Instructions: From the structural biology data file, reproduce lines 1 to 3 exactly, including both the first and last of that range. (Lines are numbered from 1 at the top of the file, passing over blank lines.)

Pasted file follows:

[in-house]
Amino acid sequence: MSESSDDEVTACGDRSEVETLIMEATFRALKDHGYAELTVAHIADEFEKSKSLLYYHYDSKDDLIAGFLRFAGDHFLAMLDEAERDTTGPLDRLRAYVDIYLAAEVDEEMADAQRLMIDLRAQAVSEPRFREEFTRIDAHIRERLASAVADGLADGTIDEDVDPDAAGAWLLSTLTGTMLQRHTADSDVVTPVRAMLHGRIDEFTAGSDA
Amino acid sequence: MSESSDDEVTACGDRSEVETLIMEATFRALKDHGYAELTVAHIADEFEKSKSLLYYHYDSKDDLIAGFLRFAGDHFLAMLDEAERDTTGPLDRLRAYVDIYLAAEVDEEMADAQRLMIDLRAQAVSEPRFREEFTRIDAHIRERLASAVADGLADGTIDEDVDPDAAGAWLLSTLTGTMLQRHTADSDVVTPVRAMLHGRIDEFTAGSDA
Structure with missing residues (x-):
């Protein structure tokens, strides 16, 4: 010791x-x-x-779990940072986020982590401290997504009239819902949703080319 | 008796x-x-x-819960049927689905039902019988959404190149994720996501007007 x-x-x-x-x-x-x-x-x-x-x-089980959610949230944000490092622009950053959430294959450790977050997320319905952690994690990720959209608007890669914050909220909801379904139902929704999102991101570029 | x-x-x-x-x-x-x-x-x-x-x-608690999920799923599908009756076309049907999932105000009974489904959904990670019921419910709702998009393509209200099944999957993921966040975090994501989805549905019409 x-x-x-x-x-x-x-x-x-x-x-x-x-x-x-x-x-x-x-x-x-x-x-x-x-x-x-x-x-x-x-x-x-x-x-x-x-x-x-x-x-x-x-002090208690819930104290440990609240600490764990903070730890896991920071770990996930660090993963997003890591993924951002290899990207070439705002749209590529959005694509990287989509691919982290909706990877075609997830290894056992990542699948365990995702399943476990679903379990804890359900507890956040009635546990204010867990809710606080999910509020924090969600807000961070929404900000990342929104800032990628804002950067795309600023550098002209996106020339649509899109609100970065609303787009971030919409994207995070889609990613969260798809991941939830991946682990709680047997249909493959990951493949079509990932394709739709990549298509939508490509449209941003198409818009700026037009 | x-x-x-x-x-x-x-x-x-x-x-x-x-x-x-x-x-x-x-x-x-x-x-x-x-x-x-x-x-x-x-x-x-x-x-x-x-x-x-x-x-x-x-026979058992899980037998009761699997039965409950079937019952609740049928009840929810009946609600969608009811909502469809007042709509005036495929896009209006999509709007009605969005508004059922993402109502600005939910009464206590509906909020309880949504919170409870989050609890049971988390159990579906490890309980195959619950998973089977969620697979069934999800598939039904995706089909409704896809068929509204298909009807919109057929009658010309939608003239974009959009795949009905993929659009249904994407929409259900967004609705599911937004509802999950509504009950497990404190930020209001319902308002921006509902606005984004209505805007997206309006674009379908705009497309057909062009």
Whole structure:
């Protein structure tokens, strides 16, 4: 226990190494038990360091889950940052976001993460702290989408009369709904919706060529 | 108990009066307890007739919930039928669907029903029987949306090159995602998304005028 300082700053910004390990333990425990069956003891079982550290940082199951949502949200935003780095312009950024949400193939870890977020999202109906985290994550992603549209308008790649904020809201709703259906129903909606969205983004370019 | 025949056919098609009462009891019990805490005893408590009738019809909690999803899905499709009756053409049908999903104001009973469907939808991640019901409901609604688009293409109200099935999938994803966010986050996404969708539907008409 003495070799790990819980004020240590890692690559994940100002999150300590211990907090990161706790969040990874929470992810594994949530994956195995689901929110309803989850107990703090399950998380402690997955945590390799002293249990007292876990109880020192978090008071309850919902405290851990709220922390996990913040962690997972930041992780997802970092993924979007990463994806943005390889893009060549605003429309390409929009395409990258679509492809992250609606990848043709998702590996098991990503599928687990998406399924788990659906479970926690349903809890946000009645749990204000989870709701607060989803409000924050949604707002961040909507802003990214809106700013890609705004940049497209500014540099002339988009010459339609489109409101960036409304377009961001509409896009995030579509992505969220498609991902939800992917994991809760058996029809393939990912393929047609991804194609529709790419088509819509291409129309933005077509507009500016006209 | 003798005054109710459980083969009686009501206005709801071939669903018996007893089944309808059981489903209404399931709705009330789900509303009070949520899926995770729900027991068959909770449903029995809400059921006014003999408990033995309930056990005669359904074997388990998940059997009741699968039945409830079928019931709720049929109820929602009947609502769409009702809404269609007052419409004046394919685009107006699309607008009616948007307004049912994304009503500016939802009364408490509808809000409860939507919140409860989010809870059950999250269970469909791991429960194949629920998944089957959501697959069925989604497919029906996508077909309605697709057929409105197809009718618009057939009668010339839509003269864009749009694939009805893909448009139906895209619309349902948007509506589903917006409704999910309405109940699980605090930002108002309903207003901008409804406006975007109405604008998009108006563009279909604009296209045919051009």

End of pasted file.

[in-house]
Amino acid sequence: MSESSDDEVTACGDRSEVETLIMEATFRALKDHGYAELTVAHIADEFEKSKSLLYYHYDSKDDLIAGFLRFAGDHFLAMLDEAERDTTGPLDRLRAYVDIYLAAEVDEEMADAQRLMIDLRAQAVSEPRFREEFTRIDAHIRERLASAVADGLADGTIDEDVDPDAAGAWLLSTLTGTMLQRHTADSDVVTPVRAMLHGRIDEFTAGSDA
Amino acid sequence: MSESSDDEVTACGDRSEVETLIMEATFRALKDHGYAELTVAHIADEFEKSKSLLYYHYDSKDDLIAGFLRFAGDHFLAMLDEAERDTTGPLDRLRAYVDIYLAAEVDEEMADAQRLMIDLRAQAVSEPRFREEFTRIDAHIRERLASAVADGLADGTIDEDVDPDAAGAWLLSTLTGTMLQRHTADSDVVTPVRAMLHGRIDEFTAGSDA